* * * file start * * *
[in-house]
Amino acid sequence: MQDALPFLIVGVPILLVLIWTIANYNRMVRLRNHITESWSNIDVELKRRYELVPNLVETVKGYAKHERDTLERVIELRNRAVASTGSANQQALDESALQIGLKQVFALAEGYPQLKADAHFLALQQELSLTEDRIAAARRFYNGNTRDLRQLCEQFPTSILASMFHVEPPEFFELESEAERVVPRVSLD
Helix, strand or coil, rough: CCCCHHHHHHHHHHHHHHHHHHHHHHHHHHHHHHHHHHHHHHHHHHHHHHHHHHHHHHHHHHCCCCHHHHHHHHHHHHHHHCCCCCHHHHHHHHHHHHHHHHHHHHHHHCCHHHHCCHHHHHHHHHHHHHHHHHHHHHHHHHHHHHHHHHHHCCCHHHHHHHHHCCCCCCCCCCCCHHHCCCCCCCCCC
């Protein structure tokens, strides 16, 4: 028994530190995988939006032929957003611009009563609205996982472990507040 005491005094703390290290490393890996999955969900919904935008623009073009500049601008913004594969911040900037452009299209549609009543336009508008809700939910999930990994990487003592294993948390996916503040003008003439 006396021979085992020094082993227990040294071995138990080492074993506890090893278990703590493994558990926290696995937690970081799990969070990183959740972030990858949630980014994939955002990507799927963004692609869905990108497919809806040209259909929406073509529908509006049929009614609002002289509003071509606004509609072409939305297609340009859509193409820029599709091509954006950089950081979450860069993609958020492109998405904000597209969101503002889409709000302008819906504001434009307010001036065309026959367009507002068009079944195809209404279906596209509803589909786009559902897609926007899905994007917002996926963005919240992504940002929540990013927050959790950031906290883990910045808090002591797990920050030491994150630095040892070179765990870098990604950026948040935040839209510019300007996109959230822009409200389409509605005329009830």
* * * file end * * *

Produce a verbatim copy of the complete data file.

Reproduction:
[in-house]
Amino acid sequence: MQDALPFLIVGVPILLVLIWTIANYNRMVRLRNHITESWSNIDVELKRRYELVPNLVETVKGYAKHERDTLERVIELRNRAVASTGSANQQALDESALQIGLKQVFALAEGYPQLKADAHFLALQQELSLTEDRIAAARRFYNGNTRDLRQLCEQFPTSILASMFHVEPPEFFELESEAERVVPRVSLD
Helix, strand or coil, rough: CCCCHHHHHHHHHHHHHHHHHHHHHHHHHHHHHHHHHHHHHHHHHHHHHHHHHHHHHHHHHHCCCCHHHHHHHHHHHHHHHCCCCCHHHHHHHHHHHHHHHHHHHHHHHCCHHHHCCHHHHHHHHHHHHHHHHHHHHHHHHHHHHHHHHHHHCCCHHHHHHHHHCCCCCCCCCCCCHHHCCCCCCCCCC
């Protein structure tokens, strides 16, 4: 028994530190995988939006032929957003611009009563609205996982472990507040 005491005094703390290290490393890996999955969900919904935008623009073009500049601008913004594969911040900037452009299209549609009543336009508008809700939910999930990994990487003592294993948390996916503040003008003439 006396021979085992020094082993227990040294071995138990080492074993506890090893278990703590493994558990926290696995937690970081799990969070990183959740972030990858949630980014994939955002990507799927963004692609869905990108497919809806040209259909929406073509529908509006049929009614609002002289509003071509606004509609072409939305297609340009859509193409820029599709091509954006950089950081979450860069993609958020492109998405904000597209969101503002889409709000302008819906504001434009307010001036065309026959367009507002068009079944195809209404279906596209509803589909786009559902897609926007899905994007917002996926963005919240992504940002929540990013927050959790950031906290883990910045808090002591797990920050030491994150630095040892070179765990870098990604950026948040935040839209510019300007996109959230822009409200389409509605005329009830």